Mugesera, a linguist and former Rwandan politician, argued before the Rwandan courts that he no longer mastered Kinyarwanda, especially judicial language. He was extradited in January 2012 from Canada, where he had been living for nearly 20 years. “In the legal and scientific field there are terms that I do not know,” he told a judge in a first hearing on February 2, 2012. When the lower court rejected his request to have the trial in French, Mugesera appealed. The appeal was thrown out. Nevertheless, Mugesera often expresses himself before the High Court in Kigali in a mixture of French and Kinyarwanda, while the prosecutor sometimes uses a mixture of English and Kinyarwanda.
“His speech must be kept in Kinyarwanda”
Mugesera, who had been wanted by the Rwandan judicial authorities since 1995, is indicted notably for incitement to commit genocide. The charge relates to a speech he made in November 1992 at a meeting of the MRND political party, the former ruling party to which he belonged. The prosecution sees Mugesera’s wish to be tried in a foreign language as a strategic move. “In that speech in Kinyarwanda there are expressions and insinuations that get lost if it is translated into another language,” Martin Ngoga, Rwanda’s Prosecutor General at the time, told Hirondelle News Agency in May. “His speech must be kept in Kinyarwanda.” Prosecutors and numerous experts consider Mugesera’s 1992 speech as a call to commit the anti-Tutsi genocide. At the time, Mugesera was teaching linguistics at the National University of Rwanda and was vice-president of the MRND for the northern prefecture of Gisenyi, the birthplace and stronghold of assassinated former president Juvénal Habyarimana.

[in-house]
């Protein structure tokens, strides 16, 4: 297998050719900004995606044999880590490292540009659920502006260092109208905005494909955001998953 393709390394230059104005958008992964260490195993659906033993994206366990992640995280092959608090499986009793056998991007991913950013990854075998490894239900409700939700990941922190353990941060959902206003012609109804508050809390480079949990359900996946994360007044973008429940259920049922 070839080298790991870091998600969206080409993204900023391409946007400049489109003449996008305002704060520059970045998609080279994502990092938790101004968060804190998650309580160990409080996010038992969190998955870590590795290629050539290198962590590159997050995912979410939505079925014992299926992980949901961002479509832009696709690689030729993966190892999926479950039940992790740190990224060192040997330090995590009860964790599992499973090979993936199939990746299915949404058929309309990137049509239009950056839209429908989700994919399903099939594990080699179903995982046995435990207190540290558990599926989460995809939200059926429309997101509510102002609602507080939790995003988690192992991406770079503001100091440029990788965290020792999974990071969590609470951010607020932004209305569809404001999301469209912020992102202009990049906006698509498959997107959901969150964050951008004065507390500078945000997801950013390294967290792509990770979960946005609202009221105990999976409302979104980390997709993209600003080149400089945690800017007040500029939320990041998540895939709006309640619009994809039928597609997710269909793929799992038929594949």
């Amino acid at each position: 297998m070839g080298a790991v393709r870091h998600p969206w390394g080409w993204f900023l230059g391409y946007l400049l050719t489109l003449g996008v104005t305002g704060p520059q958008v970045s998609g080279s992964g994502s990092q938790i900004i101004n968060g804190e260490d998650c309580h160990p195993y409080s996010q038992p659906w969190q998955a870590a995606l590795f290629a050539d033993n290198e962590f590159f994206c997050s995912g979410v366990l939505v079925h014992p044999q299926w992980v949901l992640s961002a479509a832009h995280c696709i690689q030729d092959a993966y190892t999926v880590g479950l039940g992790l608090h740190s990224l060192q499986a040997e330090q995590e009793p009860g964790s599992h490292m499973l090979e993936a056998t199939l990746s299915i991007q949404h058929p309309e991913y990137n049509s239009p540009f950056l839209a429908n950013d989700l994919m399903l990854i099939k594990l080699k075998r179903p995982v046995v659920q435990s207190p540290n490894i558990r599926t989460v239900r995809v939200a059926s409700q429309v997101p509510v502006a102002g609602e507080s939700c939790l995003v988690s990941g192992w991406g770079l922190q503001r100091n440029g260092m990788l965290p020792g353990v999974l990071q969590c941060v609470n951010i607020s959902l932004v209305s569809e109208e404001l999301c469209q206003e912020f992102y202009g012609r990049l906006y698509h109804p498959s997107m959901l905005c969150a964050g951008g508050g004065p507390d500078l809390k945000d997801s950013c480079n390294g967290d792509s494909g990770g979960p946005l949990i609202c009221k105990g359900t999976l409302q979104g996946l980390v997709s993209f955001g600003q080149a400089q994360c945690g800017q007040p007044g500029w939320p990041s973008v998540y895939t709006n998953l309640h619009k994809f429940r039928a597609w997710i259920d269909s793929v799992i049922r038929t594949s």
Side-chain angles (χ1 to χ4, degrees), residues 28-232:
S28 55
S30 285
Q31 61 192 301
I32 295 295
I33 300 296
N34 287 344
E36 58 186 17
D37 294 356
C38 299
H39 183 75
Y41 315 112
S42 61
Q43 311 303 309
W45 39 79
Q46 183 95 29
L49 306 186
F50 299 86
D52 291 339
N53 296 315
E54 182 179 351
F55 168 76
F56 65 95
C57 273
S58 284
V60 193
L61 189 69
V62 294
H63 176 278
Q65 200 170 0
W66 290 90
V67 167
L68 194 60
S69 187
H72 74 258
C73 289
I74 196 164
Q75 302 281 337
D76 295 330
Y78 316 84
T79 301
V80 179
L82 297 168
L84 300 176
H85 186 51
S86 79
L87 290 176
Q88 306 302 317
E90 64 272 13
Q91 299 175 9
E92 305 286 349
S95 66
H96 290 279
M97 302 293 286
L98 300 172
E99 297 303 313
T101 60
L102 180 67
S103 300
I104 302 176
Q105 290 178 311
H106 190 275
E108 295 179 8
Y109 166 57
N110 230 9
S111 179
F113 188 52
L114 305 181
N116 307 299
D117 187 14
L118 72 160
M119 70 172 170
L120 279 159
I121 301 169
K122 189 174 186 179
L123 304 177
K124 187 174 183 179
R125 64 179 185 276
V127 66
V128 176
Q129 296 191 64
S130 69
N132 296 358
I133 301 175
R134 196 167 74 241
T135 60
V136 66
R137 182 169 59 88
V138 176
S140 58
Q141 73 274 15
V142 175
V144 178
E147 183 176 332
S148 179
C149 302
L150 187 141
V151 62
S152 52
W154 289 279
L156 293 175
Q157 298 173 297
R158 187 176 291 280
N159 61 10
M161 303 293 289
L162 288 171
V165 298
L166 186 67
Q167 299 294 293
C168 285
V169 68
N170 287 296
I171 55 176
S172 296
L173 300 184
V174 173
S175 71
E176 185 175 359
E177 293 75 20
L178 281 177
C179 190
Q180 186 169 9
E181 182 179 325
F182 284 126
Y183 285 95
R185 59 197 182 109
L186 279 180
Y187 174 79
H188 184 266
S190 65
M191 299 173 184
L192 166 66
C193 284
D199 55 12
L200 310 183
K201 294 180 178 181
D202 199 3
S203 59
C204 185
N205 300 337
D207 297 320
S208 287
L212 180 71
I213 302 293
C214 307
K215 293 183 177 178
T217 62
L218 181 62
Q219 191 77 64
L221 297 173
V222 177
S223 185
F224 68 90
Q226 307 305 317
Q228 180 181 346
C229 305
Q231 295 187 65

As for Munyagishari, he was at that time secretary general of the MRND for the commune of Rubavu, in Gisenyi prefecture, and head of the party’s youth wing, the notorious Interahamwe militia, for the whole prefecture. He is accused of genocide for allegedly training and arming the Interahamwe, preparing and directing their deadly attacks in Gisenyi. Munyagishari was also a primary school teacher and national football referee in Rwanda.
"I don’t understand Kinyarwanda"
Munyagishari set the tone as soon as he was handed over to the Rwandan authorities on the evening of July 24, 2013, at Kigali international airport. “I don’t understand what you are saying. I don’t understand Kinyarwanda,” he told the first Rwandan officials to question him. At his first appearance before a Rwandan judge on August 4, he again claimed he did not understand Kinyarwanda. He also said he was neither Hutu nor Tutsi but a citizen of the Democratic Republic of Congo, and says he wants a DRC consular visit.
“Munyagishari understands Kinyarwanda. He was born in Rwanda, studied in Rwanda, worked in Rwanda, even testified before a Rwandan court in Kinyarwanda,” countered prosecutor Ndibwami Rugambwa. The prosecutor produced a 1982 judgment by the Appeals Court of Ruhengeri (northern Rwanda) where Munyagishari, who was accused of rape, defended himself in the Rwandan language. After hearing the prosecutor’s arguments, the court decided that Munyagishari should be tried in Kinyarwanda, which is an official national language in Rwanda along with French and English.
In subsequent hearings, Munyagishari’s lawyers asked that Munyagishari should have an interpreter if his trial is to take place in Kinyarwanda. The court threw this out but the lawyers appealed, saying they had not had a chance to present their arguments to the court. The appeal is still pending, and no date has yet been set for the start of trial.